PARKERSBURG - Congressmen from West Virginia are riled over a representative's comments criticizing coal.
Rep. John Conyers, a Democrat from Michigan, said there was no such thing as clean coal and workers dependent on coal mining in West Virginia should find other work. Conyers, who has been in Congress about 50 years, spoke Wednesday on behalf of Lisa Jackson, director of the U.S. Environmental Protection Agency which has attempted to curtail coal usage through administrative rules, at the EPA's 2011 Environmental Justice Conference in Detroit.
"The comments made by Rep. Conyers are very disappointing," Rep. David McKinley, R-W.Va., said. "As lawmakers we should be encouraging job creation and expansion, not fighting to end American industries."
Rep. Shelley Moore Capito, R-W.Va., said the comments were personally hurtful to West Virginians.
"With unemployment at or above 8 percent for over 20 consecutive months, shutting down a thriving industry which provides thousands of good-paying jobs across America does not make economic sense. Mr. Conyers' comments were out-of-touch and personally hurtful to West Virginians, many of whom depend on the coal industry to put food on the table," Capito said.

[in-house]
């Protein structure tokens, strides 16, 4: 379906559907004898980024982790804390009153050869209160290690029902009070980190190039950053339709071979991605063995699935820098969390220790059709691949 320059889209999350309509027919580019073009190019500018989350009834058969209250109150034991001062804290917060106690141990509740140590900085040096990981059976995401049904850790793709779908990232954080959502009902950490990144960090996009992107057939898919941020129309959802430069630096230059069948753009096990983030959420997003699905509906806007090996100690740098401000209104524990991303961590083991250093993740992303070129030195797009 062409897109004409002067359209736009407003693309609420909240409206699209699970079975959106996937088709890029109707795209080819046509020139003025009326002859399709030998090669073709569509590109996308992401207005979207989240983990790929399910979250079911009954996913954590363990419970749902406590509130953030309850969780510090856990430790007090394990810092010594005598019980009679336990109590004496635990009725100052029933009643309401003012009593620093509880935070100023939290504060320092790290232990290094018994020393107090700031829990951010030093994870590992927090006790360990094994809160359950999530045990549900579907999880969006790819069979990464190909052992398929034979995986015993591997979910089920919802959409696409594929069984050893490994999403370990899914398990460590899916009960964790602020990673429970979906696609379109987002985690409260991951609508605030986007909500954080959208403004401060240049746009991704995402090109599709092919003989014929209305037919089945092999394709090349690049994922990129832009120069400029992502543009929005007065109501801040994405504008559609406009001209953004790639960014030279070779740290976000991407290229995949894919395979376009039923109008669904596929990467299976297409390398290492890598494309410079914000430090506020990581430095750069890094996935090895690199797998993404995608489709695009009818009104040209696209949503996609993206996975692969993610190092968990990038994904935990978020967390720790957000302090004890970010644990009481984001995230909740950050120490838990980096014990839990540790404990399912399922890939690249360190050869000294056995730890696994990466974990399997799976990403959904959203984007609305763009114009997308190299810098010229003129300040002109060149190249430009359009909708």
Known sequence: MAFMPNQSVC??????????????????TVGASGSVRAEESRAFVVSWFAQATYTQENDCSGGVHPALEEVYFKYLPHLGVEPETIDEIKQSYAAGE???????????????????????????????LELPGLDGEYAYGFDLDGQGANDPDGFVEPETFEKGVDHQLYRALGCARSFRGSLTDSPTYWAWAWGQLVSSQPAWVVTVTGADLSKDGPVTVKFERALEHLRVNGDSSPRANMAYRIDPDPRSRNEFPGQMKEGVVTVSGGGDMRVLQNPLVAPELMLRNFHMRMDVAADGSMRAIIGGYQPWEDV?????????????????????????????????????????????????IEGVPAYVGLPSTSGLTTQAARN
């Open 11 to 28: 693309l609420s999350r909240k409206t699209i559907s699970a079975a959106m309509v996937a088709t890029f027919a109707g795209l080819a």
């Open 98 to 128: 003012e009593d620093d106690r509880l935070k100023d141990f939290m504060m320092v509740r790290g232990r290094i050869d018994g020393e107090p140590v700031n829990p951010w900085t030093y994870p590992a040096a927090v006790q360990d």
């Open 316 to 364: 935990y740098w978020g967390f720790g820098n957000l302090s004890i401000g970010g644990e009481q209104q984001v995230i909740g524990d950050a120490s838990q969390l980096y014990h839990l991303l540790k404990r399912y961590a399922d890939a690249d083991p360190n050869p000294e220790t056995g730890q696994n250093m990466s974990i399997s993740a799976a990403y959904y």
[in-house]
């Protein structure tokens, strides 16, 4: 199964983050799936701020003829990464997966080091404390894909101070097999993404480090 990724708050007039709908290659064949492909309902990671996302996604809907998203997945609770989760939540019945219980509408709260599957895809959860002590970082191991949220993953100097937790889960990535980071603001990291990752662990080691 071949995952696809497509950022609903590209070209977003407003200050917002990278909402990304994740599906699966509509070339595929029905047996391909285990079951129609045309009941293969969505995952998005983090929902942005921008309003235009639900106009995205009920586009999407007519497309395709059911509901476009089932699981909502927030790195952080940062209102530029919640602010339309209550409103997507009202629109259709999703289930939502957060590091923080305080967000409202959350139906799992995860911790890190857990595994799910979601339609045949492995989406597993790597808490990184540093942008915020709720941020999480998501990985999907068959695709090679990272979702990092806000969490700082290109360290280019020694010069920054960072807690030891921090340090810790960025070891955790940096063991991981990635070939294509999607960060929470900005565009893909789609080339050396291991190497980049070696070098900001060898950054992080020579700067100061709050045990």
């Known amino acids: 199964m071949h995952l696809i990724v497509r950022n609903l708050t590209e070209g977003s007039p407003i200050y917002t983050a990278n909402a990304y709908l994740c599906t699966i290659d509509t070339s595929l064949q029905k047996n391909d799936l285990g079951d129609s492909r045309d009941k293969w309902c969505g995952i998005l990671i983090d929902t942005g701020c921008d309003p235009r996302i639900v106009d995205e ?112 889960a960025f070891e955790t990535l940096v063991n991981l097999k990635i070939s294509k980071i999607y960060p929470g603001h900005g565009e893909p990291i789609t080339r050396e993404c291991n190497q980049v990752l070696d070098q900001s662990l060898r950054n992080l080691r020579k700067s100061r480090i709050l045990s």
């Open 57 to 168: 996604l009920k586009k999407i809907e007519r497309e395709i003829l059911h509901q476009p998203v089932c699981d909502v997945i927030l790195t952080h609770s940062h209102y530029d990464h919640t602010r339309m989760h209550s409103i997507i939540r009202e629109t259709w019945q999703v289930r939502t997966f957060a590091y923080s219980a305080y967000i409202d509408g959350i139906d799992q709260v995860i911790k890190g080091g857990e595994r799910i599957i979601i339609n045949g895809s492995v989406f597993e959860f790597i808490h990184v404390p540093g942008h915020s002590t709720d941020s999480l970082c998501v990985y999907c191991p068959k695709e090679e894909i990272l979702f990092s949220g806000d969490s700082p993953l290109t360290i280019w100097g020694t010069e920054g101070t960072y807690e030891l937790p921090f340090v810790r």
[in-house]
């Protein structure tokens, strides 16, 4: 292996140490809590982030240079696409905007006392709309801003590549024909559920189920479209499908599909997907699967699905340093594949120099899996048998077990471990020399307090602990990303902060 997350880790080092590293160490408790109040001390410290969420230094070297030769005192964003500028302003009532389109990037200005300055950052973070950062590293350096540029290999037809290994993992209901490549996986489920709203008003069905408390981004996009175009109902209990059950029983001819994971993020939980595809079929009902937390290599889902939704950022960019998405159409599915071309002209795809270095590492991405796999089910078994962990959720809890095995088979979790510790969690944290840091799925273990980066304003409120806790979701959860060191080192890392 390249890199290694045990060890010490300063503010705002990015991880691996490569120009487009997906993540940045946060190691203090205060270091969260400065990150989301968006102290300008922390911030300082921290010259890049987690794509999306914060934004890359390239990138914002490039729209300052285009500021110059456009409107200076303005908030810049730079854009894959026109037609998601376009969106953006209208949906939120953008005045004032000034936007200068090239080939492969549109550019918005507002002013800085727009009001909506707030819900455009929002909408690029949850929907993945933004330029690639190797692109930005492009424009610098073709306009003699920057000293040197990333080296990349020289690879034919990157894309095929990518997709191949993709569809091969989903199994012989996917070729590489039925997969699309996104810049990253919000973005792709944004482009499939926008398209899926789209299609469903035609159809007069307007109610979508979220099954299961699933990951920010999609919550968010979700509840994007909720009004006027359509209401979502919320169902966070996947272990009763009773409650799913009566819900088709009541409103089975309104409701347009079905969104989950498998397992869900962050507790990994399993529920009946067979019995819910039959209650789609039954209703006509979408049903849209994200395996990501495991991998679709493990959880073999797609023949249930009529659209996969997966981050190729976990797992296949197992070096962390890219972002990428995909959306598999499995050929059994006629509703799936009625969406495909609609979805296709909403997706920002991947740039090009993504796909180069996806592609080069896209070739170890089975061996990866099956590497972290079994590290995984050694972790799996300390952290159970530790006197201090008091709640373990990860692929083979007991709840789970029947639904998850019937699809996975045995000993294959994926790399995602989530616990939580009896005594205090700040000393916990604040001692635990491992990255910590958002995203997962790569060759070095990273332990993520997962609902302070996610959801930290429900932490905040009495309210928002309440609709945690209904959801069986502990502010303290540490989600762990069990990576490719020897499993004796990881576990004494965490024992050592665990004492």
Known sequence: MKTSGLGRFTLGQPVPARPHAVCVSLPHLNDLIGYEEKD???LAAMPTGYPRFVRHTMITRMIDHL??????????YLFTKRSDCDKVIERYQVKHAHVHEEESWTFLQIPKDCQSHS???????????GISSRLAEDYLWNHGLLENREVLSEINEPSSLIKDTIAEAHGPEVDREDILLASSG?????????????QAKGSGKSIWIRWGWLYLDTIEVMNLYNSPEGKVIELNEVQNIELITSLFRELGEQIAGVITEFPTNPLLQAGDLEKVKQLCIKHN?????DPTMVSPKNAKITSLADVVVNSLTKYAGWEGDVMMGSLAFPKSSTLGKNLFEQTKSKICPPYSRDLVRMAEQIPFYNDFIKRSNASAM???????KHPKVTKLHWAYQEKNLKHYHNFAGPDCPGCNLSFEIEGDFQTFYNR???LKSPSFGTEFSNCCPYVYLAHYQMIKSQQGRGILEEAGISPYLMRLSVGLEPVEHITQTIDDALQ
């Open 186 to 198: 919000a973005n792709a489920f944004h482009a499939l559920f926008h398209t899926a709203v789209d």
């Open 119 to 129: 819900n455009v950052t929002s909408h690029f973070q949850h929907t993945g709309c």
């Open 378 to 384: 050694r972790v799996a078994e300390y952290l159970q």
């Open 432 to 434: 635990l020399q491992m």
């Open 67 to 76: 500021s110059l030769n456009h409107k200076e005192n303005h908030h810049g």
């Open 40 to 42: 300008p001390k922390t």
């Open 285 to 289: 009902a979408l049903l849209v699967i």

"Coal is our nation's cheapest, most abundant natural resource. I welcome Congressman Conyers to visit the Mountain State to learn more about new technologies to burn coal cleaner and more efficiently, as well as how these advancements hold tremendous opportunities for job creation," she said.
Capito was a founder of the Congressional Coal Caucus. McKinley is in the caucus and on the Energy and Commerce Committee.
Sen. Joe Manchin, D-W.Va., wrote a letter to Conyers asking him to come to West Virginia.
"As a U.S. Senator, I would never degrade another state or the people of that state because it takes 50 great states to make this great county," he said. "I am very troubled to hear about your recent negative comments about our beautiful state of West Virginia, and the important role coal plays not only in our state, but in our country."
Sen. Joe Rockefeller, D-W.Va., said coal provides nearly half of the nation's electricity and it is one of the best hopes our country has of achieving greater energy security - particularly through clean coal technology.
"Failing to keep coal as a part of our energy future would be irresponsible, and the technology exists to do it in ways that protect the environment and public health," he said.